The race medals. The mylar blankets. The cups littering the roads, the lines of portajohns, and the clear gear-check bags.
It was all there.
Convenience stores sold out of Gatorade. Cowbells clanged. Concerned spectators double-checked tracking apps on their phones. Families scanned the crowds of runners limping past finish lines in Chicago and Boston, then spotted their sweaty athletes and hugged them tightly. Observers gawked and clapped, celebrating in the achievements of strangers.
One runner walked through a Boston hotel lobby carrying a chocolate milk and a six-pack of Sam Adams OctoberFest—the ultimate recovery duo.
Big marathons, finally, are back in the United States.
Two years had elapsed since the last Chicago Marathon, held on October 13, 2019, when Brigid Kosgei set the world record. Back up six months before that to get to the most recent Boston—910 days ago. That’s a long time for the running community to go without Marathon Monday, its day of days, the granddaddy race of them all.
But over this long weekend in October 2021, Chicago made its return, and Boston did one day later, postponed from its forever April date by the pandemic.
And for that, everyone was grateful. Even when the racing hurt, gratitude was the stronger feeling.
At least it was for Des Linden, who struggled in this Boston Marathon. She said that her buildup hadn’t gone as planned, and at halfway, she was alone, 48 seconds behind the leaders.
“The group’s gone, and I’m just having a tough day,” she told Runner’s World. “I wanted to step off every single mile. But there is this realization that we haven’t gotten to do this in forever.”
She had two choices: drop out, or embrace the beauty of being back in Boston. She chose the latter, finishing in 2:35:25. “That was definitely what got me through the last half of the race,” she said.
It wasn’t exactly the same as an April Boston. First, there was the tent for verifying vaccination status or negative COVID-19 test results, then the wristbands that allowed runners to pick up their bibs and board buses to the start. For the masses, the start was rolling, to maintain separation. The crowds were a little thinner everywhere, from the hotels to the course.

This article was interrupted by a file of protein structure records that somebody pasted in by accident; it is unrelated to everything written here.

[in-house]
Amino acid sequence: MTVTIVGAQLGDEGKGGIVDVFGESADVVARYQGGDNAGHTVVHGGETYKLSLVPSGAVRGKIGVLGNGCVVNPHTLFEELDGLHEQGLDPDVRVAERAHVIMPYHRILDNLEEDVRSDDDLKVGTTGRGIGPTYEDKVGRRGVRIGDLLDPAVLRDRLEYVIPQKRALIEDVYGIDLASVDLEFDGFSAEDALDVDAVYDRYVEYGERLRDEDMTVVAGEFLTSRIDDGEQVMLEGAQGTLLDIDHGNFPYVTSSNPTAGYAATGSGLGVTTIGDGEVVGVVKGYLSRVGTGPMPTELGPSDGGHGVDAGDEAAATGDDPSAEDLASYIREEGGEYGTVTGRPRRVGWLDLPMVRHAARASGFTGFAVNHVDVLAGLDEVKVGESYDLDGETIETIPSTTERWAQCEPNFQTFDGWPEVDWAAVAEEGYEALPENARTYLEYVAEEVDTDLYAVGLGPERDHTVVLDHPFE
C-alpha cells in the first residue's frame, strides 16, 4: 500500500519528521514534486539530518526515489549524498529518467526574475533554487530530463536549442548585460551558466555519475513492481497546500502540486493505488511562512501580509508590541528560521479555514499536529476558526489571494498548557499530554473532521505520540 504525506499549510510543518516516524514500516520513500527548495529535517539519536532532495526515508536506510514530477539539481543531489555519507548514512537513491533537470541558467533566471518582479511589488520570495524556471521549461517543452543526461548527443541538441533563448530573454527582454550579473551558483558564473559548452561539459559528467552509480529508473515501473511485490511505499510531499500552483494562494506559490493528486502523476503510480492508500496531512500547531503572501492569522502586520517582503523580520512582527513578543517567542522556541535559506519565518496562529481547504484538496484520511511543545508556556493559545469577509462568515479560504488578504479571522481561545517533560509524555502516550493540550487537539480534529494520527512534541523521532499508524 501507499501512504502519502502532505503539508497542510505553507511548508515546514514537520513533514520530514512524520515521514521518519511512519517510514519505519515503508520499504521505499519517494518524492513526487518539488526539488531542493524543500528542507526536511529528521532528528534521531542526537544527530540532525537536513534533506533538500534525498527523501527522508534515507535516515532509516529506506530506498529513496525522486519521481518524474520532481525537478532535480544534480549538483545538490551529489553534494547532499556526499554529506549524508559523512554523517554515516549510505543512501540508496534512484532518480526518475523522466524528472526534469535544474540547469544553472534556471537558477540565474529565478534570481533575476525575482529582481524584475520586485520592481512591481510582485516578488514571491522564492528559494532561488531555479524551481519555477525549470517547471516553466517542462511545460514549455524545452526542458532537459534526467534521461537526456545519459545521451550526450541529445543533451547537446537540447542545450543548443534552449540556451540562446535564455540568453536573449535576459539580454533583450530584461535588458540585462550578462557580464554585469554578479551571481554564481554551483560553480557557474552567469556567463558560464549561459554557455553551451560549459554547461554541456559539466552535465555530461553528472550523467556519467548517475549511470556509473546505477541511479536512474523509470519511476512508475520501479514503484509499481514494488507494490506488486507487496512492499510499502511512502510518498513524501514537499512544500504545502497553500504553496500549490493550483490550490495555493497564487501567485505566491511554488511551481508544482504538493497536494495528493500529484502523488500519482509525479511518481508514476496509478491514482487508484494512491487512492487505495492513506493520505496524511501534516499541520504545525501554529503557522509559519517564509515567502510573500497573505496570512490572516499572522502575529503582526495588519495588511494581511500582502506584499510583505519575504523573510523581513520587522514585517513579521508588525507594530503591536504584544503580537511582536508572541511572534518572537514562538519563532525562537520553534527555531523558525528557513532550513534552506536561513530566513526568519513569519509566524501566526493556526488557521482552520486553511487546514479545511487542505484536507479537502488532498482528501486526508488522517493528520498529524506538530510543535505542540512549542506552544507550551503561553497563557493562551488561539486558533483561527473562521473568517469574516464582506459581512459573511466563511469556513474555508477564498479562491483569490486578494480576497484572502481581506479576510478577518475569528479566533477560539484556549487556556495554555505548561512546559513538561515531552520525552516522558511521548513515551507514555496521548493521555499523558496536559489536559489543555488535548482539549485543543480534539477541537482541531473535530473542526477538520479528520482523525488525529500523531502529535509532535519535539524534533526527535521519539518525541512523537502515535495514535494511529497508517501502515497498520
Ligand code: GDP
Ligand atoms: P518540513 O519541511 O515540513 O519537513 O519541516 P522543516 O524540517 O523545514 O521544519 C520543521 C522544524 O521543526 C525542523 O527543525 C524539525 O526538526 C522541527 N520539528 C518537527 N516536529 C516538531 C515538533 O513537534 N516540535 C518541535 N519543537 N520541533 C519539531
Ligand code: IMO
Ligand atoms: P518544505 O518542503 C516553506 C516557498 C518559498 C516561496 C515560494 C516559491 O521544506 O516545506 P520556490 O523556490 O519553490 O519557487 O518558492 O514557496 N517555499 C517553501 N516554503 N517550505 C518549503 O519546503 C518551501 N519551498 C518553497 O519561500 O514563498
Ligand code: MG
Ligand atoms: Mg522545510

“I feel like it was really good to see community,” Linden said. “It was very hopeful. We’re on our way back. It was a stepping stone.”
Chicago had about 26,000 finishers, down from its usual 45,000. Boston had only 15,385, less than half of its typical tally.
Bennett Beach, 72, of Bethesda, Maryland, was one of them. He finished his 54th consecutive Boston, in 5:47:27. He arrived in town on Saturday night for the Monday race. “As I was walking down Arlington Street, it suddenly hit me I was back in Boston after awhile,” he said. “It was a very exciting feeling.”
He always gets a little sentimental about Boston, after all these years, but especially this one. “It’s such a part of my life,” he said. “When I get back up here and know why I’m here, it’s emotional.”
Same, too, for Patty Hung, the longest active women’s streaker, who today finished her 35th Boston in a row. At 75, she still works as a night shift nurse at Children’s Hospital in Oakland, California.
She ran the virtual race in 2020. Not the same. In Boston, “I’ve gotten teary-eyed a couple of times since I’ve been here,” she said.
She finished in 5:34:25, acutely aware of how lucky she is to have emerged unscathed from the pandemic. “As a nurse, we’ve experienced that,” she said. “That never leaves me, the fact of all the people who have been hit by COVID, and their families experiencing the despair.”
Tom Grilk, CEO of the Boston Athletic Association, put the race in perspective. “Against the massive tragedy of this disease,” he said, “a little joy is a good thing.”
In Chicago, Sister Stephanie Baliga of the Mission of Our Lady of the Angels, the famous running nun, finished in 3:41:34—a slow day for her. She didn’t care.
“It’s a beautiful, beautiful, beautiful day for Chicago,” she said after the race. “I almost started crying at some points. It was very overwhelming, the opportunity to be able to do what we want to do and what we love doing.
“I didn’t do well, but it didn’t matter,” she continued. “I’m so happy again. It was such a gift to be back out there.”